Children with cancer at Schneider Hospital Alon Ron 2004
Children suffering from cancer at the Schneider Children’s Medical Center of Israel Photo by Alon Ron
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A new report compiled by the Health Ministry, published Sunday, indicates a sharp increase in cases of cancer among Israeli children.

Currently, 1,392 children under the age of 14 and diagnosed with cancer live in Israel. The report indicates a 30 percent increase in the incidence of cancer among children between the years 2000 and 2008.

More boys have been diagnosed with cancer than girls, as opposed to cancer among adults, and there is no significant difference between the incidence of cancer among Jewish and Arab children in Israel.

"The data indicates that terminal diseases (cancer) in childhood are not affected by environmental elements or lifestyle," said the author of the report, Dr. Micha Barchana, the director of the Israel National Cancer Registry.

However, the rate of recovery from cancer has also risen sharply during the years in question. Among young girls, the recovery rate rose from 89.9 percent in the 1990s to 93.3 percent between 2005 and 2007. Among boys, the recovery rate rose from 91.1 percent in the 1990s to 93.5 percent between 2000 and 2004. A slight drop in recovery rates was noted between 2005 and 2007, and the Health Ministry has yet to come up with a plausible explanation.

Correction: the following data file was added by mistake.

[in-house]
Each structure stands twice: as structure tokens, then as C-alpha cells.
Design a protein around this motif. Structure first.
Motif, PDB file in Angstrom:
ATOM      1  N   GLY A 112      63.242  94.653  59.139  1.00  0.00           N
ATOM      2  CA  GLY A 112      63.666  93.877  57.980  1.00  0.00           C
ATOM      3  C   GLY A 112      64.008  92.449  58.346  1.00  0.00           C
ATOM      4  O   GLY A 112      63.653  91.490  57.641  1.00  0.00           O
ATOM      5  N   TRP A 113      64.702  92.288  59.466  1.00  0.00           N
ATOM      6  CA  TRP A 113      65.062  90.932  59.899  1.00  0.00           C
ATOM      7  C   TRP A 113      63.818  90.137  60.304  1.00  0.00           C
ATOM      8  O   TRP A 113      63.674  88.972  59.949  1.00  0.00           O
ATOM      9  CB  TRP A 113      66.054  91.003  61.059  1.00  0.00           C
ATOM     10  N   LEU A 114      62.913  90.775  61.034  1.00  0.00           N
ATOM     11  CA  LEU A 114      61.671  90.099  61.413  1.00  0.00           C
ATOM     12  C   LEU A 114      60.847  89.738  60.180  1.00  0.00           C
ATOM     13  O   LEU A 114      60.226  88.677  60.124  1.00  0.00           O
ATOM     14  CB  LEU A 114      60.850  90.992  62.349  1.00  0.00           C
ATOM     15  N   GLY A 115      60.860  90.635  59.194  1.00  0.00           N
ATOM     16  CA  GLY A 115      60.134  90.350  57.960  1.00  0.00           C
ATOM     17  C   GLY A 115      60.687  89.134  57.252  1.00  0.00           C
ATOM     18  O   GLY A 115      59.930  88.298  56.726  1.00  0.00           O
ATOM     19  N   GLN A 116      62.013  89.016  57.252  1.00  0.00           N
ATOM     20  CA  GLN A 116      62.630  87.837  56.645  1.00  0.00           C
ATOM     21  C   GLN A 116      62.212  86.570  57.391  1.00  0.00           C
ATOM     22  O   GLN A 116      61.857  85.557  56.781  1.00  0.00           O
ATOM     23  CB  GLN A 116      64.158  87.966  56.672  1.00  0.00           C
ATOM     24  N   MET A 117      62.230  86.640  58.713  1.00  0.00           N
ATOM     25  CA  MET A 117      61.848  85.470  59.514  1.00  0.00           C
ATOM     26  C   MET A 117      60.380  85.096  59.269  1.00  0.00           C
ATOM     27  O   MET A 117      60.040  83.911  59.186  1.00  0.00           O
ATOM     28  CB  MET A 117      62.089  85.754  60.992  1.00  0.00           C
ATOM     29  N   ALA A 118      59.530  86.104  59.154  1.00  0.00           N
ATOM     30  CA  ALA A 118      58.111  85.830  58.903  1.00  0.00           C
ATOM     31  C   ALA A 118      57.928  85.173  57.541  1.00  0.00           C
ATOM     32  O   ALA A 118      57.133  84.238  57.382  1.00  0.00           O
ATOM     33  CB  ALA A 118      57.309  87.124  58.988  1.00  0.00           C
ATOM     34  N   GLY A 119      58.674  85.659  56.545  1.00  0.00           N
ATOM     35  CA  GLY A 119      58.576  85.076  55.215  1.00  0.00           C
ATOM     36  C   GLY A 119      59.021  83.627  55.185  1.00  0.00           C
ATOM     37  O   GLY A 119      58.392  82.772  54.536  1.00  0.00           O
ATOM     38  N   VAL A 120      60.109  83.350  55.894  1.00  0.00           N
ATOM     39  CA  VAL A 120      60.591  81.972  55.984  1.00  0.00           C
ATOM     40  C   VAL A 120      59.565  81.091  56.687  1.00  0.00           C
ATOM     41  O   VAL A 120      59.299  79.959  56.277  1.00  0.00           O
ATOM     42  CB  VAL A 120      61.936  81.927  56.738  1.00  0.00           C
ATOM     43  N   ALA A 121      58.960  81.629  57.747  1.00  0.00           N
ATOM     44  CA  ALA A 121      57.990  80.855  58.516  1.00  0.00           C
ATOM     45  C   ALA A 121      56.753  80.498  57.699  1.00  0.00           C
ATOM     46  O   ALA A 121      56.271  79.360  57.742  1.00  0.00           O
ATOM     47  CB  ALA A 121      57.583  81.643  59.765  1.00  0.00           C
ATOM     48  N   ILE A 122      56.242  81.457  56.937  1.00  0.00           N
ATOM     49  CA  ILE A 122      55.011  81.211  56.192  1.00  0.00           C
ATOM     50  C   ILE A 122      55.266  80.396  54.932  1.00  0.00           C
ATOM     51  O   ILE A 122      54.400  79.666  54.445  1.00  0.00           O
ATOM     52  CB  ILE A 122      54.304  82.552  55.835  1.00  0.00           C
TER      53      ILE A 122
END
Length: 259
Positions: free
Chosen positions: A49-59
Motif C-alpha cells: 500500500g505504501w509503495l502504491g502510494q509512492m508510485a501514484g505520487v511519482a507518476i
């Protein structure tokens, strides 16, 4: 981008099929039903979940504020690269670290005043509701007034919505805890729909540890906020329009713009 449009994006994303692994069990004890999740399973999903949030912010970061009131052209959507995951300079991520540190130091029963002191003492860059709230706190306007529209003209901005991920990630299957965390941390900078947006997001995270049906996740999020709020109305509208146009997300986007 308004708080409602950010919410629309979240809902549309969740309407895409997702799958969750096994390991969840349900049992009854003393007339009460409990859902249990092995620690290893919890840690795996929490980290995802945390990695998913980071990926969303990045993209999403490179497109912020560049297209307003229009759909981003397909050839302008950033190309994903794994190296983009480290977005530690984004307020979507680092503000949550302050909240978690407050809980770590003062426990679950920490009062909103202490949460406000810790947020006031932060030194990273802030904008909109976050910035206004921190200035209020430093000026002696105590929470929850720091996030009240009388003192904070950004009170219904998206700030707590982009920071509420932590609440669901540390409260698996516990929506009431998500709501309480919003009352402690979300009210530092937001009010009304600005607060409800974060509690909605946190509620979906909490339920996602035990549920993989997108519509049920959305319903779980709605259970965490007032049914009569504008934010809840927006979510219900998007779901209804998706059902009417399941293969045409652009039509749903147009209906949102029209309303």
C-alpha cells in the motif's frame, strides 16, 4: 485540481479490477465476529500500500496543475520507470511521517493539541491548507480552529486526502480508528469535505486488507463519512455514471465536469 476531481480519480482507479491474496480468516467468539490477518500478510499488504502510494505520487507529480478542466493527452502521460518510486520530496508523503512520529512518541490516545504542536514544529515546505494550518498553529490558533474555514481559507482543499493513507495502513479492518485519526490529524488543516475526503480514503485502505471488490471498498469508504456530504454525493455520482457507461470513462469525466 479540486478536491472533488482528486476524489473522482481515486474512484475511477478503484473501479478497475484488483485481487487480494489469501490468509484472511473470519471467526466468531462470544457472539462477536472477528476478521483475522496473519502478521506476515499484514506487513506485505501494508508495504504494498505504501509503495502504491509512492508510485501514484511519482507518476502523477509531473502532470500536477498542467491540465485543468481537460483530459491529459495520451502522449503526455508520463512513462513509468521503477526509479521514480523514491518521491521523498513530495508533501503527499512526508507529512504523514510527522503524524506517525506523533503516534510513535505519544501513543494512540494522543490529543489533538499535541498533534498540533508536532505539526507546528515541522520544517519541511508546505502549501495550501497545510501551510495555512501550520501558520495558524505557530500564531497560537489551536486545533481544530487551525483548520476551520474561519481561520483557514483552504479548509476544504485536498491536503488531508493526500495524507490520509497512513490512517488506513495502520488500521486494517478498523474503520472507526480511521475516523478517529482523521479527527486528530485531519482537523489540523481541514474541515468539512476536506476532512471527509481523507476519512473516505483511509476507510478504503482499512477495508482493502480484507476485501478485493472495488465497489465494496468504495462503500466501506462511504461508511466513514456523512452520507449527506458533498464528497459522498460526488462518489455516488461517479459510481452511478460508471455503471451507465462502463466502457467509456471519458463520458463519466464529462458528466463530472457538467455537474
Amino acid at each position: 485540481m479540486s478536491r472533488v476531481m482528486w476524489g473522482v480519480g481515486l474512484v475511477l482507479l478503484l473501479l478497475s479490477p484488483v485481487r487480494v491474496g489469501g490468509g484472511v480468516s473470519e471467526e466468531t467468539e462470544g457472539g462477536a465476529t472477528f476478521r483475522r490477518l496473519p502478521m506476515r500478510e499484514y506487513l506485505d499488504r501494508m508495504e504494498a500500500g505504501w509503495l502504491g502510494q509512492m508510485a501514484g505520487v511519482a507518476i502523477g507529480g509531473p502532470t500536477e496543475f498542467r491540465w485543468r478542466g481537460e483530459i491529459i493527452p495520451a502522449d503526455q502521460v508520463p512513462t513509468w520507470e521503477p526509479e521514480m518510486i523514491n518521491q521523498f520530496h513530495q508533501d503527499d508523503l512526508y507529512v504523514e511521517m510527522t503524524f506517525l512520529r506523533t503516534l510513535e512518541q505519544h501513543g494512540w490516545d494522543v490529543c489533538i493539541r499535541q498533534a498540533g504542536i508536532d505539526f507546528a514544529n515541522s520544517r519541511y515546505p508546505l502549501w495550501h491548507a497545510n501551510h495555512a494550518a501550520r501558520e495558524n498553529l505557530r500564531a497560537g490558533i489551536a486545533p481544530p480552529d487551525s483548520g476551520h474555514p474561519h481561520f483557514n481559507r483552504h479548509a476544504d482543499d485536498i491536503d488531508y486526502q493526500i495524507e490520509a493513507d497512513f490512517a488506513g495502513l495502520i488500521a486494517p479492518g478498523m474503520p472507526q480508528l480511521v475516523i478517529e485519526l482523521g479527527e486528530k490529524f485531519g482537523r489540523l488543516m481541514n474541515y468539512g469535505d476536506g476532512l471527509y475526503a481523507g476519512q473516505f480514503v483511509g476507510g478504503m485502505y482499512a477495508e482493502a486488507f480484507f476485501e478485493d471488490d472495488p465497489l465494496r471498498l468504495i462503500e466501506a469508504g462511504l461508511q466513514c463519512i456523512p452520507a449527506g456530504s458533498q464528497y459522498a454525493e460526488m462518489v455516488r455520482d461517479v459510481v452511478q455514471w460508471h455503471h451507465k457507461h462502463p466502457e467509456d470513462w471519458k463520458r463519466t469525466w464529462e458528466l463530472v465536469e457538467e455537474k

"Early detection is less relevant among children," Dr. Barchana said. "New treatments for cancer in children have improved in recent years, and that is the key to the increase in recovery rates."

Five of every six children suffering from cancer recover within 5 years of the initial diagnosis. Cancer is listed as the fourth most common cause of death among children under 14, after fetal disease, congenital defects and accidents.

The most types of cancer among Israeli children are brain and nervous system tumors, Leukemia, non-Hodgkins and Hodgkins lymphoma, kidney cancer, bone cancer and cartilage cancer, in descending order.

In a recent survey, 60 percent of respondents said that they feared cancer more than a heart attack or diabetes. 53 percent had a relative who suffered from cancer, and 35 percent knew someone at work who was diagnosed with cancer.

When asked what they would do if they were diagnosed with cancer, 47 percent of the respondents said that they would tell the families or close friends, 38 percent would tell all their acquaintances and four percent would not tell anyone. 11 percent did not know.

The risk of cancer is currently estimated at a chance of one in three during the course of a lifetime.